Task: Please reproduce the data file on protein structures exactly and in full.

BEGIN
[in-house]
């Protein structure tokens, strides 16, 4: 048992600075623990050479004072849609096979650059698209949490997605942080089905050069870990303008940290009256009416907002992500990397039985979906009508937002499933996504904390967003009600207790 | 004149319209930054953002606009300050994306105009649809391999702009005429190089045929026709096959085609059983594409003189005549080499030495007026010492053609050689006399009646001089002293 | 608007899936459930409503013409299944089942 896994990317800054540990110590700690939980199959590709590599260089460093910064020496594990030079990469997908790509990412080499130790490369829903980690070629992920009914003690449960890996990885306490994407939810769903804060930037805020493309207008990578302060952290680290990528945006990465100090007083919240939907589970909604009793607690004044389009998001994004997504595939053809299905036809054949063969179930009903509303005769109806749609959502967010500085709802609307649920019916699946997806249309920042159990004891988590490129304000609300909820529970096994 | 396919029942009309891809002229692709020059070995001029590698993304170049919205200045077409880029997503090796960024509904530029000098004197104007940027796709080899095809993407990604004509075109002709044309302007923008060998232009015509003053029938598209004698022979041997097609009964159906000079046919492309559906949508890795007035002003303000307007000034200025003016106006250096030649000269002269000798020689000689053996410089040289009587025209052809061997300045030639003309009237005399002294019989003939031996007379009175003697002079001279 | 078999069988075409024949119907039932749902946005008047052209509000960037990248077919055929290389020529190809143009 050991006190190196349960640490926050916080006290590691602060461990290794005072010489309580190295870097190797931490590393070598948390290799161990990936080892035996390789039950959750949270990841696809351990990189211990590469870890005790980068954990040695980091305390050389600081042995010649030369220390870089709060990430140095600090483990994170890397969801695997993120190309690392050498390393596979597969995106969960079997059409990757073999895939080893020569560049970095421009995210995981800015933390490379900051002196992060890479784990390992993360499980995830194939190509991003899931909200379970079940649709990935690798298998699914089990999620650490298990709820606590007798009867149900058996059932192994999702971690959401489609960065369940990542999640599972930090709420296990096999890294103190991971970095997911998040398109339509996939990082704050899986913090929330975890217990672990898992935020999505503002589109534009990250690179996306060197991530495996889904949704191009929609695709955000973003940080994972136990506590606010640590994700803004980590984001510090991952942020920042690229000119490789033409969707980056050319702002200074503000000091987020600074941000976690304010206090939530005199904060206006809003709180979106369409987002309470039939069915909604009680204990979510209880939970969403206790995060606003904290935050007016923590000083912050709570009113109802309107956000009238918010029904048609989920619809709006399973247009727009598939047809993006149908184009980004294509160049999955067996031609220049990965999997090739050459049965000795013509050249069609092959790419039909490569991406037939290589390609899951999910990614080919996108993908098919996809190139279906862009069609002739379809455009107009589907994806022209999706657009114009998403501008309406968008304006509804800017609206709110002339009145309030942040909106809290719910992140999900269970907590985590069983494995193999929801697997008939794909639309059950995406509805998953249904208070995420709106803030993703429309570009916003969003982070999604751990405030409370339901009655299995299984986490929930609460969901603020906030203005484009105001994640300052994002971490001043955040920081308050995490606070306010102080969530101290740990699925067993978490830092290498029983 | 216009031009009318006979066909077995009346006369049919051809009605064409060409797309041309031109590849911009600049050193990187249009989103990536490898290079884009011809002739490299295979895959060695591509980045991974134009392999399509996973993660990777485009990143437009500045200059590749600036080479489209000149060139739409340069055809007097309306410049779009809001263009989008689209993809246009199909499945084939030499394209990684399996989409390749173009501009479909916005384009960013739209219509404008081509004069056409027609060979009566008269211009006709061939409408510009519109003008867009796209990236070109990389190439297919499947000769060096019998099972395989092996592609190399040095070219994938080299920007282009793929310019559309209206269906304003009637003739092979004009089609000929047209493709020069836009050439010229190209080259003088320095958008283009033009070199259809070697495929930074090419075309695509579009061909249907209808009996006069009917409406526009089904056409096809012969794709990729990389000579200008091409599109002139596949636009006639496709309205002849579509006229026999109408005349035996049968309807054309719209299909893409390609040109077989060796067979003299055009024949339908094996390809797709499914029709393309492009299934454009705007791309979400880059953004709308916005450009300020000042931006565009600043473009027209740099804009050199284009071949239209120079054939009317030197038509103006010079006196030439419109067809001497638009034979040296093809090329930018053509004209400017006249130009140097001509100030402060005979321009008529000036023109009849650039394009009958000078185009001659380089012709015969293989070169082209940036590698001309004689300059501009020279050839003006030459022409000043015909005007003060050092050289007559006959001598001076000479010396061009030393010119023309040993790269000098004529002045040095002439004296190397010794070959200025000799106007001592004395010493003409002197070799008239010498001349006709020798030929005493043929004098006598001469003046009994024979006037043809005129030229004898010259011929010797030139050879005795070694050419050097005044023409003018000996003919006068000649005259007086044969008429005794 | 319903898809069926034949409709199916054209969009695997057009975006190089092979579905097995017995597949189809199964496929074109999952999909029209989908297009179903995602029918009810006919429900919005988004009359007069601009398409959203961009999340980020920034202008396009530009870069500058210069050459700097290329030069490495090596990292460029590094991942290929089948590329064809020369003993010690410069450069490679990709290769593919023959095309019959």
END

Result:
[in-house]
């Protein structure tokens, strides 16, 4: 048992600075623990050479004072849609096979650059698209949490997605942080089905050069870990303008940290009256009416907002992500990397039985979906009508937002499933996504904390967003009600207790 | 004149319209930054953002606009300050994306105009649809391999702009005429190089045929026709096959085609059983594409003189005549080499030495007026010492053609050689006399009646001089002293 | 608007899936459930409503013409299944089942 896994990317800054540990110590700690939980199959590709590599260089460093910064020496594990030079990469997908790509990412080499130790490369829903980690070629992920009914003690449960890996990885306490994407939810769903804060930037805020493309207008990578302060952290680290990528945006990465100090007083919240939907589970909604009793607690004044389009998001994004997504595939053809299905036809054949063969179930009903509303005769109806749609959502967010500085709802609307649920019916699946997806249309920042159990004891988590490129304000609300909820529970096994 | 396919029942009309891809002229692709020059070995001029590698993304170049919205200045077409880029997503090796960024509904530029000098004197104007940027796709080899095809993407990604004509075109002709044309302007923008060998232009015509003053029938598209004698022979041997097609009964159906000079046919492309559906949508890795007035002003303000307007000034200025003016106006250096030649000269002269000798020689000689053996410089040289009587025209052809061997300045030639003309009237005399002294019989003939031996007379009175003697002079001279 | 078999069988075409024949119907039932749902946005008047052209509000960037990248077919055929290389020529190809143009 050991006190190196349960640490926050916080006290590691602060461990290794005072010489309580190295870097190797931490590393070598948390290799161990990936080892035996390789039950959750949270990841696809351990990189211990590469870890005790980068954990040695980091305390050389600081042995010649030369220390870089709060990430140095600090483990994170890397969801695997993120190309690392050498390393596979597969995106969960079997059409990757073999895939080893020569560049970095421009995210995981800015933390490379900051002196992060890479784990390992993360499980995830194939190509991003899931909200379970079940649709990935690798298998699914089990999620650490298990709820606590007798009867149900058996059932192994999702971690959401489609960065369940990542999640599972930090709420296990096999890294103190991971970095997911998040398109339509996939990082704050899986913090929330975890217990672990898992935020999505503002589109534009990250690179996306060197991530495996889904949704191009929609695709955000973003940080994972136990506590606010640590994700803004980590984001510090991952942020920042690229000119490789033409969707980056050319702002200074503000000091987020600074941000976690304010206090939530005199904060206006809003709180979106369409987002309470039939069915909604009680204990979510209880939970969403206790995060606003904290935050007016923590000083912050709570009113109802309107956000009238918010029904048609989920619809709006399973247009727009598939047809993006149908184009980004294509160049999955067996031609220049990965999997090739050459049965000795013509050249069609092959790419039909490569991406037939290589390609899951999910990614080919996108993908098919996809190139279906862009069609002739379809455009107009589907994806022209999706657009114009998403501008309406968008304006509804800017609206709110002339009145309030942040909106809290719910992140999900269970907590985590069983494995193999929801697997008939794909639309059950995406509805998953249904208070995420709106803030993703429309570009916003969003982070999604751990405030409370339901009655299995299984986490929930609460969901603020906030203005484009105001994640300052994002971490001043955040920081308050995490606070306010102080969530101290740990699925067993978490830092290498029983 | 216009031009009318006979066909077995009346006369049919051809009605064409060409797309041309031109590849911009600049050193990187249009989103990536490898290079884009011809002739490299295979895959060695591509980045991974134009392999399509996973993660990777485009990143437009500045200059590749600036080479489209000149060139739409340069055809007097309306410049779009809001263009989008689209993809246009199909499945084939030499394209990684399996989409390749173009501009479909916005384009960013739209219509404008081509004069056409027609060979009566008269211009006709061939409408510009519109003008867009796209990236070109990389190439297919499947000769060096019998099972395989092996592609190399040095070219994938080299920007282009793929310019559309209206269906304003009637003739092979004009089609000929047209493709020069836009050439010229190209080259003088320095958008283009033009070199259809070697495929930074090419075309695509579009061909249907209808009996006069009917409406526009089904056409096809012969794709990729990389000579200008091409599109002139596949636009006639496709309205002849579509006229026999109408005349035996049968309807054309719209299909893409390609040109077989060796067979003299055009024949339908094996390809797709499914029709393309492009299934454009705007791309979400880059953004709308916005450009300020000042931006565009600043473009027209740099804009050199284009071949239209120079054939009317030197038509103006010079006196030439419109067809001497638009034979040296093809090329930018053509004209400017006249130009140097001509100030402060005979321009008529000036023109009849650039394009009958000078185009001659380089012709015969293989070169082209940036590698001309004689300059501009020279050839003006030459022409000043015909005007003060050092050289007559006959001598001076000479010396061009030393010119023309040993790269000098004529002045040095002439004296190397010794070959200025000799106007001592004395010493003409002197070799008239010498001349006709020798030929005493043929004098006598001469003046009994024979006037043809005129030229004898010259011929010797030139050879005795070694050419050097005044023409003018000996003919006068000649005259007086044969008429005794 | 319903898809069926034949409709199916054209969009695997057009975006190089092979579905097995017995597949189809199964496929074109999952999909029209989908297009179903995602029918009810006919429900919005988004009359007069601009398409959203961009999340980020920034202008396009530009870069500058210069050459700097290329030069490495090596990292460029590094991942290929089948590329064809020369003993010690410069450069490679990709290769593919023959095309019959």